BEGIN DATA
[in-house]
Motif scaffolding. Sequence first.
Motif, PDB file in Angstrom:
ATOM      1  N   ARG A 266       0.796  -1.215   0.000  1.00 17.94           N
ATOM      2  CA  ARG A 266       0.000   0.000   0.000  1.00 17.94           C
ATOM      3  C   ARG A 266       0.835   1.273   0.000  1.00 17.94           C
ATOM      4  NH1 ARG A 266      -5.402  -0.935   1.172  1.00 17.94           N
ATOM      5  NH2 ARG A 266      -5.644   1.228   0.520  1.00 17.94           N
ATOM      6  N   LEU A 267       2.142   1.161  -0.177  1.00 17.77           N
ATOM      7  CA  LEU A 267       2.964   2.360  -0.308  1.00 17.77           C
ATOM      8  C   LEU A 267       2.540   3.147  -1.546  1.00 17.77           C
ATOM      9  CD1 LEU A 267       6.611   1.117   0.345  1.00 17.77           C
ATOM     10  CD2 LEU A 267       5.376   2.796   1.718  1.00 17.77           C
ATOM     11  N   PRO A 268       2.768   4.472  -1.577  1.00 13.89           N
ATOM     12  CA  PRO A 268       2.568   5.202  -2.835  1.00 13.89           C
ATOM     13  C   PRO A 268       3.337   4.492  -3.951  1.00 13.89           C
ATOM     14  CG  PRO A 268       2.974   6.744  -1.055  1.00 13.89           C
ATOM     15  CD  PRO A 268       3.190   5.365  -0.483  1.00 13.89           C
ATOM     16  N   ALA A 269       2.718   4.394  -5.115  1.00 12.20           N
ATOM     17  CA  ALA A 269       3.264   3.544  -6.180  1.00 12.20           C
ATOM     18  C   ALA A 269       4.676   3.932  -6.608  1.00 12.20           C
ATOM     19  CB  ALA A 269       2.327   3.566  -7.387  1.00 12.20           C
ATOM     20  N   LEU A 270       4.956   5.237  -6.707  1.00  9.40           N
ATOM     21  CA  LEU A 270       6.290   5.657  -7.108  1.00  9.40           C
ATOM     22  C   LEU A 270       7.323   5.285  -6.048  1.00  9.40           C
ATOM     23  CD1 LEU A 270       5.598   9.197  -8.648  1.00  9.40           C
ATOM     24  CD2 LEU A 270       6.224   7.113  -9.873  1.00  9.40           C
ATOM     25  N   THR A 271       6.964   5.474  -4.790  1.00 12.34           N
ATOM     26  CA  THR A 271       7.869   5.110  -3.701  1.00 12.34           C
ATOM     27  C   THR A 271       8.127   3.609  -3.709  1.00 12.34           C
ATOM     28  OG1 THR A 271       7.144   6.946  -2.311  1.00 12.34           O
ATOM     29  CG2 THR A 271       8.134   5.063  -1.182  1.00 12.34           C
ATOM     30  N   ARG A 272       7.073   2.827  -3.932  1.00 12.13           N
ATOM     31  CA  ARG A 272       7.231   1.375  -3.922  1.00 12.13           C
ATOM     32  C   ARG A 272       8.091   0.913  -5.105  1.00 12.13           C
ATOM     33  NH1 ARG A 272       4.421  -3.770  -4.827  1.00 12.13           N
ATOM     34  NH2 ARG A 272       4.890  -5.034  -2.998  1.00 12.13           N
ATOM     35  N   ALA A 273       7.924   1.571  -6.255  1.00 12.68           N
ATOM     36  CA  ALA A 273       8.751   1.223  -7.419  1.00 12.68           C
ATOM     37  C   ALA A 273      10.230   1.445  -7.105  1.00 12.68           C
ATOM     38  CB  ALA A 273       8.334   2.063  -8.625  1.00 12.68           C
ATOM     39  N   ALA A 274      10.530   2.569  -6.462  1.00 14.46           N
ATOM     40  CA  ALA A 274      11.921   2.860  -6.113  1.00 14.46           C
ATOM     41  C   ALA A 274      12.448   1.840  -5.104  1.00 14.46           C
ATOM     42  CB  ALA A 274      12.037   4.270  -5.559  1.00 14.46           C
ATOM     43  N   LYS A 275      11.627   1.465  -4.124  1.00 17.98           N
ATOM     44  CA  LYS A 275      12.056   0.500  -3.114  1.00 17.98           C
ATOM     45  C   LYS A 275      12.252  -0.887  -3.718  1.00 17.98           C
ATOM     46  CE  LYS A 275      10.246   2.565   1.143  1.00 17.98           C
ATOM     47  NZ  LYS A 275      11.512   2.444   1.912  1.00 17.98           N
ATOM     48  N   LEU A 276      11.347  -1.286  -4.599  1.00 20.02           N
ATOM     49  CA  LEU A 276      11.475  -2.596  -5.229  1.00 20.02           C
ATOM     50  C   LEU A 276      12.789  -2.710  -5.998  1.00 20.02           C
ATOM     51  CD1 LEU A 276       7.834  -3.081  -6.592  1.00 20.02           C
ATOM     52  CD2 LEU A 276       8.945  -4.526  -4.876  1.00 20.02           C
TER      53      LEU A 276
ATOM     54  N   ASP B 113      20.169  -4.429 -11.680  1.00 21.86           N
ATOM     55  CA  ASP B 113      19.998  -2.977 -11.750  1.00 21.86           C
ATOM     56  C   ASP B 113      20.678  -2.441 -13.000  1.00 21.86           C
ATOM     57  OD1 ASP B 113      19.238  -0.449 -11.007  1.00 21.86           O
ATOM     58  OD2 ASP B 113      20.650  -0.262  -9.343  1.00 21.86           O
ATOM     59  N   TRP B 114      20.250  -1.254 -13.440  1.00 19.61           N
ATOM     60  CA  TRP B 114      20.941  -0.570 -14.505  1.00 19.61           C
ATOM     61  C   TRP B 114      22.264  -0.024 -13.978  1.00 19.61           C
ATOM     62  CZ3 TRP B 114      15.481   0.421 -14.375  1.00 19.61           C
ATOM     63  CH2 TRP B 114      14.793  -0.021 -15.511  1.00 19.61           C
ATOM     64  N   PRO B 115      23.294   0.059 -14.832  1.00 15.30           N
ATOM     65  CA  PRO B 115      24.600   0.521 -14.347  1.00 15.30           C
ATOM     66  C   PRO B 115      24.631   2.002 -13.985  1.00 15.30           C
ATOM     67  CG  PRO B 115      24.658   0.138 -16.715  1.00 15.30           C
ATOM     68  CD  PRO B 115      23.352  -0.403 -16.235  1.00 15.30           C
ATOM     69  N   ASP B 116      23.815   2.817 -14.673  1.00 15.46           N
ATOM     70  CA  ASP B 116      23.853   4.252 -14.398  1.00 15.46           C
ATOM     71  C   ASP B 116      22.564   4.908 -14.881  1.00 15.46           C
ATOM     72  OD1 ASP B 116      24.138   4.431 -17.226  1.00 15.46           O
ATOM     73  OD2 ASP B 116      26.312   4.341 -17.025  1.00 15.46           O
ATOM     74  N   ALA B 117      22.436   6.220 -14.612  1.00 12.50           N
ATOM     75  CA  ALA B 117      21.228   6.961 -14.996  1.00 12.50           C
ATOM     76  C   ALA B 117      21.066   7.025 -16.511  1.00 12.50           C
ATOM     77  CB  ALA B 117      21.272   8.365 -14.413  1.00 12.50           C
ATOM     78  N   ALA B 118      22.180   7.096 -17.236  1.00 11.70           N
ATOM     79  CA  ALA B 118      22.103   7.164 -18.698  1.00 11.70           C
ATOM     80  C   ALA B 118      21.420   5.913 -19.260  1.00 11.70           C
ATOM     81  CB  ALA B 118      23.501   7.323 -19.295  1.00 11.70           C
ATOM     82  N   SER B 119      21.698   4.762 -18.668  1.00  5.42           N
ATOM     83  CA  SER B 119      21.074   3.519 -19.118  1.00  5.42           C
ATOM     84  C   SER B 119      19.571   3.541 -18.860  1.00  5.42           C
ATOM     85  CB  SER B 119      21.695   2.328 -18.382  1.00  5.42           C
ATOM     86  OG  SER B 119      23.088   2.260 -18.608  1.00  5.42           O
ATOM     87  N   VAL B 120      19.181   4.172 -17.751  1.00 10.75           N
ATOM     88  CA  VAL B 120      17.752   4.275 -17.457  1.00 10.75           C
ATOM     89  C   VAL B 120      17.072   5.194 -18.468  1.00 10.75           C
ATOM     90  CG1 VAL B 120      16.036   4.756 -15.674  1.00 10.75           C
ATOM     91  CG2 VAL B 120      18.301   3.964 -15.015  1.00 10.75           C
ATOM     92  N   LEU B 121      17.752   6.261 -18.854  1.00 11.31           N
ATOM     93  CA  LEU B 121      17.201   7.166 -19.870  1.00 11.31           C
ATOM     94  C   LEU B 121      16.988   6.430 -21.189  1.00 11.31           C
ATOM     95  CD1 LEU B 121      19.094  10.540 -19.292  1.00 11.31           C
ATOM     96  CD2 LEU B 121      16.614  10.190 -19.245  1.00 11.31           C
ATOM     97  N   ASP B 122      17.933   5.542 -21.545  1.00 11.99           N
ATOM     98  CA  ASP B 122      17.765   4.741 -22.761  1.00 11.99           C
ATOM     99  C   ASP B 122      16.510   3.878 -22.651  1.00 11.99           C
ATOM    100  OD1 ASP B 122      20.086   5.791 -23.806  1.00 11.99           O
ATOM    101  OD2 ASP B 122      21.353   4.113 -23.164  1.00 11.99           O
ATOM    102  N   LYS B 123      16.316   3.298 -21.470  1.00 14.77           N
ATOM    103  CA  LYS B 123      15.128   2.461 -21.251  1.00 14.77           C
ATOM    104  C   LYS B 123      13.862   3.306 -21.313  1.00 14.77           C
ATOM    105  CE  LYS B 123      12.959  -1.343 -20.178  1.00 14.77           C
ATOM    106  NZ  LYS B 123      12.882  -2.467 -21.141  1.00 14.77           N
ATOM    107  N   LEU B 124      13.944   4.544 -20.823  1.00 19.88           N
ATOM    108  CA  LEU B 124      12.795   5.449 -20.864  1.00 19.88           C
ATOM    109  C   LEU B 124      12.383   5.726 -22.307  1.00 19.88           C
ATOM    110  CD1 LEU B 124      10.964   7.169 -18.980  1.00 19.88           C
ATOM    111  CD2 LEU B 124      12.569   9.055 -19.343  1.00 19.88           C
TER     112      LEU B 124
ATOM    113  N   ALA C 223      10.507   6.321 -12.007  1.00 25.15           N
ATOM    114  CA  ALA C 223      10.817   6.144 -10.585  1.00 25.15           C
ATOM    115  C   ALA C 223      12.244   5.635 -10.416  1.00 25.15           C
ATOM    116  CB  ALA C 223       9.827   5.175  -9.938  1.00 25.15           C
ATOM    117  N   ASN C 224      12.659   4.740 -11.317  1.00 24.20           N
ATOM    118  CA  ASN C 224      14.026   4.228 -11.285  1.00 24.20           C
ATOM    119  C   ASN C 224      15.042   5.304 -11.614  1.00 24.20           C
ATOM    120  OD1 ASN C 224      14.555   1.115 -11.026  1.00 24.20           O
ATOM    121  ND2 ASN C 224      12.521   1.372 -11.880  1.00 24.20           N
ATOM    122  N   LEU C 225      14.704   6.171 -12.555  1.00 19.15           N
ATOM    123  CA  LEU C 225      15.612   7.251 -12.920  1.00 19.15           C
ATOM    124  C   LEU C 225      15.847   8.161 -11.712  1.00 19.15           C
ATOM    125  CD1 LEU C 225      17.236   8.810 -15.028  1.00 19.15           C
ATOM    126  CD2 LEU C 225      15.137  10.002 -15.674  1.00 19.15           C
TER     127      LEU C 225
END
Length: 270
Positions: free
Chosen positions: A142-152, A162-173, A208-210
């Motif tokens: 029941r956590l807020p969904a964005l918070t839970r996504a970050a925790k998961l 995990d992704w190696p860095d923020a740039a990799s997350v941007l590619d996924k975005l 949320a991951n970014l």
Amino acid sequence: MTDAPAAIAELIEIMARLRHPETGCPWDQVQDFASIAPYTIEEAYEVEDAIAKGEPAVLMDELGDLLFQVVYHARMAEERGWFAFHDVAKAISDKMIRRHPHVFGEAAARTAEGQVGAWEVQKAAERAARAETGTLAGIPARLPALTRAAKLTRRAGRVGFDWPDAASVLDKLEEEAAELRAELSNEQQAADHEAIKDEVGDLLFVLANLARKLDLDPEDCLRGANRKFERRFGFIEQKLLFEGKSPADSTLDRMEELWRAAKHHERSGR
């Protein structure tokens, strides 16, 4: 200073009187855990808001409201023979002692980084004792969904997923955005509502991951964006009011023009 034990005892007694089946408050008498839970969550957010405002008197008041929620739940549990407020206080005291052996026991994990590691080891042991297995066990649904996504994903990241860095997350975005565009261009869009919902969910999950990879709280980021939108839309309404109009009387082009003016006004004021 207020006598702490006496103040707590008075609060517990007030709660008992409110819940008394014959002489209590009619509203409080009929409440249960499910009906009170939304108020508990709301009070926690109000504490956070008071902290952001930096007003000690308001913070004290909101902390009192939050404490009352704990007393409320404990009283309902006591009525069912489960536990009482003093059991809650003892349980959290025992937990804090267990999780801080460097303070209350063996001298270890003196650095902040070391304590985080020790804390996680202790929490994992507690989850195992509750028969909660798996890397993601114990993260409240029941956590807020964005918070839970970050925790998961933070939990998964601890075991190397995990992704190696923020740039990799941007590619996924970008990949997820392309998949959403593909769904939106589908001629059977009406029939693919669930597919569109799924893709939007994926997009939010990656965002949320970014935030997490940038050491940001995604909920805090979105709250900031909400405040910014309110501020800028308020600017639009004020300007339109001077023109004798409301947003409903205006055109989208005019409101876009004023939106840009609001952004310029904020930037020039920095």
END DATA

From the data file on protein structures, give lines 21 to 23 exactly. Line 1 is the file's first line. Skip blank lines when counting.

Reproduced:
ATOM     18  C   ALA A 269       4.676   3.932  -6.608  1.00 12.20           C
ATOM     19  CB  ALA A 269       2.327   3.566  -7.387  1.00 12.20           C
ATOM     20  N   LEU A 270       4.956   5.237  -6.707  1.00  9.40           N